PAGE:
9. Yes. The biopsy came back positive for increase in intraepithelial lymphocytes.

    quote name="notme!" post="922124" timestamp="1404179706"]sorry you are sick :(  but if you want the test to be accurate, you need to keep eating the gluten - i think a few slices of bread per day should do it, though.  celiac walks hand in hand with thyroid, but thyroid problems also benefit from gluten free diet.  get tested - hang in there!  did they do biopsies when they did your endoscopy?

  10. Hi everyone, 


    I need to pick the brains of the people on here who know heaps about coeliac. 


    A bit of background information, I am coelaic and also have EOE, my mother is Coeliac and my grandfather developed bowel cancer in his 40s after a lifetime of sick bellies. 


    Two of my sons have been seeing a GI for almost their entire lives, one had a scope at 18 months and came back with Marsh 2 changes, Gastritis and ulcers in his esophagus - he had severe reflux and was in lots of pain for about two years of his life. At times lactose intolerant but other times not. 


    His stools have always been vile. 


    Anyway fast forward to now, he is almost 5 and started complaining of belly pains all the time, one time so bad he couldn't stand up and was screaming and I ended up taking him to ER. Every day, multiple times a day. 


    I started a gluten free trial with him (remember - we've been through multitudes of blood tests and an an Endo and still no diag). So far no belly pains and his stools have improved.


    So my question to you guys is this? Continue with the gluten free diet - or try and seek a proper diagnosis even though we've had no luck for 5 years?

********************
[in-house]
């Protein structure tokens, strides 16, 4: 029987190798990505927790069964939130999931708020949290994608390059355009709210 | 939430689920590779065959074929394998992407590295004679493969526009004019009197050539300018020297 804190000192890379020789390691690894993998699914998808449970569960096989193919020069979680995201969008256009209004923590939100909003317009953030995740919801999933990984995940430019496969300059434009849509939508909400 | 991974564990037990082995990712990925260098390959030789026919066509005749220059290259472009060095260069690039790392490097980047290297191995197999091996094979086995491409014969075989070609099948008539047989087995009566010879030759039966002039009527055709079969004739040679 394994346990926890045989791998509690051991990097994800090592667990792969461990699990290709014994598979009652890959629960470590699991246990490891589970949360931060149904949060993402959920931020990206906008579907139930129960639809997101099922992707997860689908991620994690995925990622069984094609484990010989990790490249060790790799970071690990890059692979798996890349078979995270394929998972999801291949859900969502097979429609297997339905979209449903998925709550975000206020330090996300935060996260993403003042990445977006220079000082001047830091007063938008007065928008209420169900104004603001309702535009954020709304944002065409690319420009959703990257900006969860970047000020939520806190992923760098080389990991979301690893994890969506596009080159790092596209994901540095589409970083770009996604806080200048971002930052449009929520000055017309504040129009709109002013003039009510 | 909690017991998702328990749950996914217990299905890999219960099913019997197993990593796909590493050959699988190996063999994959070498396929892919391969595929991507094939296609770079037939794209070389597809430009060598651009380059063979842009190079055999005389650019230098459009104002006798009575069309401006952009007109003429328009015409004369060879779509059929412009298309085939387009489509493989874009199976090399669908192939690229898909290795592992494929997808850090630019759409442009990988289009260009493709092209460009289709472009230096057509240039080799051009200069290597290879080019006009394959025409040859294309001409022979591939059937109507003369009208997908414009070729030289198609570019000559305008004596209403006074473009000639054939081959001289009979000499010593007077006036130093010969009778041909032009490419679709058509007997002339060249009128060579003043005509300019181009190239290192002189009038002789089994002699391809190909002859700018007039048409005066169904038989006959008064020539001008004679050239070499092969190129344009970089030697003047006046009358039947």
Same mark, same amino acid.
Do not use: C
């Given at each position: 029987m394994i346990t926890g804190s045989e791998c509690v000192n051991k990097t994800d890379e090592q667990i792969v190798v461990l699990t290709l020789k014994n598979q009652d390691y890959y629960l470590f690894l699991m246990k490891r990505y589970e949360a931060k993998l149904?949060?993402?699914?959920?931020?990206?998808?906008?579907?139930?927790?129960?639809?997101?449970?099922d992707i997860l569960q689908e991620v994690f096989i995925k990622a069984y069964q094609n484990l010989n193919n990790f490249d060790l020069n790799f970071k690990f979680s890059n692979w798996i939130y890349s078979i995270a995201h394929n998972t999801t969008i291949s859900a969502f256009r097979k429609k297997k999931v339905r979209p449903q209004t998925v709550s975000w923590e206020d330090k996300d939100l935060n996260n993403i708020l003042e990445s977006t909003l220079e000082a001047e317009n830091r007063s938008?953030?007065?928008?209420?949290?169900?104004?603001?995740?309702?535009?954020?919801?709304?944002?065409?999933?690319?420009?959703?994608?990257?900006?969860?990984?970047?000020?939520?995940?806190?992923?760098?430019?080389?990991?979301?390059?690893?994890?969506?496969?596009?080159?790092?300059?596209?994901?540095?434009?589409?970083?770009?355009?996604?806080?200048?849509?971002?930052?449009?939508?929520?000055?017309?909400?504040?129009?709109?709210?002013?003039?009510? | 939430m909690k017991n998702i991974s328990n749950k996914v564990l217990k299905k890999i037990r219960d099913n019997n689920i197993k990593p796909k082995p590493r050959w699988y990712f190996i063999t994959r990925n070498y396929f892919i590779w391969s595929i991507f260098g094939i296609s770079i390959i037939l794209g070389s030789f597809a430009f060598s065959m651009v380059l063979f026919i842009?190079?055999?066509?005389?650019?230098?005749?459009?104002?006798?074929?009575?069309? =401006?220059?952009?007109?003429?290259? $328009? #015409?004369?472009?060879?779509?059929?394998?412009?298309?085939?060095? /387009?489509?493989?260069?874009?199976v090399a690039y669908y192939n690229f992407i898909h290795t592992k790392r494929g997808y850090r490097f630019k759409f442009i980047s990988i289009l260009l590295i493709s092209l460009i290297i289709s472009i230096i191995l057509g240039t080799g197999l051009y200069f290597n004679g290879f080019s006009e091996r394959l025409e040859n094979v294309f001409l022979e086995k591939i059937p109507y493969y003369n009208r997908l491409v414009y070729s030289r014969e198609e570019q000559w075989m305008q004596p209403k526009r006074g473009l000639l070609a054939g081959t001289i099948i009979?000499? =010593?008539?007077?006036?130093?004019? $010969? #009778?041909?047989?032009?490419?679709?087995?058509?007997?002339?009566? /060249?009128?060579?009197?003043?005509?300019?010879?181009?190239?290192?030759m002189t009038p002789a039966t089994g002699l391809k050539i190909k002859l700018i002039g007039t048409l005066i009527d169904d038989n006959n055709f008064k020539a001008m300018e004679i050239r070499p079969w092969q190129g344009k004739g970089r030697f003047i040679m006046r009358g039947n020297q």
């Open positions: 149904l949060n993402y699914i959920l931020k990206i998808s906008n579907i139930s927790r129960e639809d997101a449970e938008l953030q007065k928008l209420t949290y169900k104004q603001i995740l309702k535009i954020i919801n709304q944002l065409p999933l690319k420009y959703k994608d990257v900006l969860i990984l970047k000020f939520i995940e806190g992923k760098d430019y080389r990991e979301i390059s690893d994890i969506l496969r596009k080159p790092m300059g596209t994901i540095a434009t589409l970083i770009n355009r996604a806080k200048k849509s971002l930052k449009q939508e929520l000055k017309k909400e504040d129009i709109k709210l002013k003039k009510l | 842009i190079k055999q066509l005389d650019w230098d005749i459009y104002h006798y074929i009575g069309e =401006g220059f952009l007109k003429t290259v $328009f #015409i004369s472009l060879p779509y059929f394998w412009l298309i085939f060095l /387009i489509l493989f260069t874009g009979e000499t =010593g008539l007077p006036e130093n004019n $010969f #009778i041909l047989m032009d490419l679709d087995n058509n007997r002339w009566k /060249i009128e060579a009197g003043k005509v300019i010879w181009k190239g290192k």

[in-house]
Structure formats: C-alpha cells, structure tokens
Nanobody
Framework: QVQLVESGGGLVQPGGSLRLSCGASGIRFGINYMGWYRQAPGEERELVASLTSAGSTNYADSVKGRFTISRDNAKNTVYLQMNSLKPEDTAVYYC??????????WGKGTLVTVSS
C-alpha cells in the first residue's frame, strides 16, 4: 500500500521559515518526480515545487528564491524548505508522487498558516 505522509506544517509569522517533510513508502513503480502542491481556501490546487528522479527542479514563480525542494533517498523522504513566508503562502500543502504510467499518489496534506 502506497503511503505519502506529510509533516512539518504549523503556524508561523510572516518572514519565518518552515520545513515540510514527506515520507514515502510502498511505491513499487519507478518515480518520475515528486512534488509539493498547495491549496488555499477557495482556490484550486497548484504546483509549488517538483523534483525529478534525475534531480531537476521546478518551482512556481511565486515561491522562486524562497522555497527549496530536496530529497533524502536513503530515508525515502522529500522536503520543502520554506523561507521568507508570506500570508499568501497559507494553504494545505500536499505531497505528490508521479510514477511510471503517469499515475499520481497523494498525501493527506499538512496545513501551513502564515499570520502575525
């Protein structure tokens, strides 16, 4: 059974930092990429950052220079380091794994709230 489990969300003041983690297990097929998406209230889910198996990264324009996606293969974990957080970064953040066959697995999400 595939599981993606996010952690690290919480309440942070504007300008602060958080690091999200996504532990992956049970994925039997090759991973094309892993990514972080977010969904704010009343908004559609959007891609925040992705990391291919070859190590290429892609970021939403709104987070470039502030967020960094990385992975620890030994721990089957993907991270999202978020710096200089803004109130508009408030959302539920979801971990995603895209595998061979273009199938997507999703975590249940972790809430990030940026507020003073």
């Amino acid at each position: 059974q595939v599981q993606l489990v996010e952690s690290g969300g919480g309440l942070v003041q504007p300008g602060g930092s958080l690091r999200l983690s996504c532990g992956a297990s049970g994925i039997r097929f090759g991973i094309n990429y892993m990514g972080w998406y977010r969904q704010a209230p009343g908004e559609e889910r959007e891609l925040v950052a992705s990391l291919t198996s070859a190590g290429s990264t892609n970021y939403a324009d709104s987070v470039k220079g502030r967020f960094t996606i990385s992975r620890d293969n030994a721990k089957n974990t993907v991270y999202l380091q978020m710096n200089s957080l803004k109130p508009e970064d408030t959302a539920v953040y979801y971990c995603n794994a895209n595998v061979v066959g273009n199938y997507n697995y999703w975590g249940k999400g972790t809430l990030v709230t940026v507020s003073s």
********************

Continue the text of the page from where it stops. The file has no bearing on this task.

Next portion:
11. Oh my goodness, I just came on here to post something about this very thing. I have just been diagnosed with EE on friday. I was reading this study that is on this site about how it is more common among celiacs to have EE than the general population. The plot thickens. Anyone any good at data analysis?

    Standardized incidence ratio was 35.6 (95% CI, 9.3-79.0) for children, and 13.1 (95% CI, 6.2-22.5) for adults. Overall, age-adjusted and sex-adjusted standardized incidence ratio was 16.0 (95% CI, 8.7-25.5).

    The above is what the study found, any idea what it means?? Does that mean 35.6% of celiac children and 13.1% in adults? Or am I getting it all wrong?

    There is so clearly a connection between everything I have, it is starting to get me down though. Just another thing to add to the list!

  12. He has been eating gluten for two weeks, on the first day his reflux came back and since then he has a few bad bellies, saying it hurts and burny feeling etc. Yesterday he had an achy belly the whole day and then last night he vomited, he woke up in the night and vomited and then he vomited this morning. It could be gastro even, but he has no other symptoms other than an achy belly and vomiting. If it had started the day he ate gluten then I would think it was that, but now I'm not so sure.

  13. It is difficult without a solid diagnosis, my eldest son has been sneaking gluten at school - so we are about to do a gluten challenge with him. If he gets sick and I can see it is from Gluten then I will probably just stop the challenge and not bother with the diag, having said that, because our whole family is gluten free, our food bill is between twice and three times what a normal persons food bill is, I *hate* that!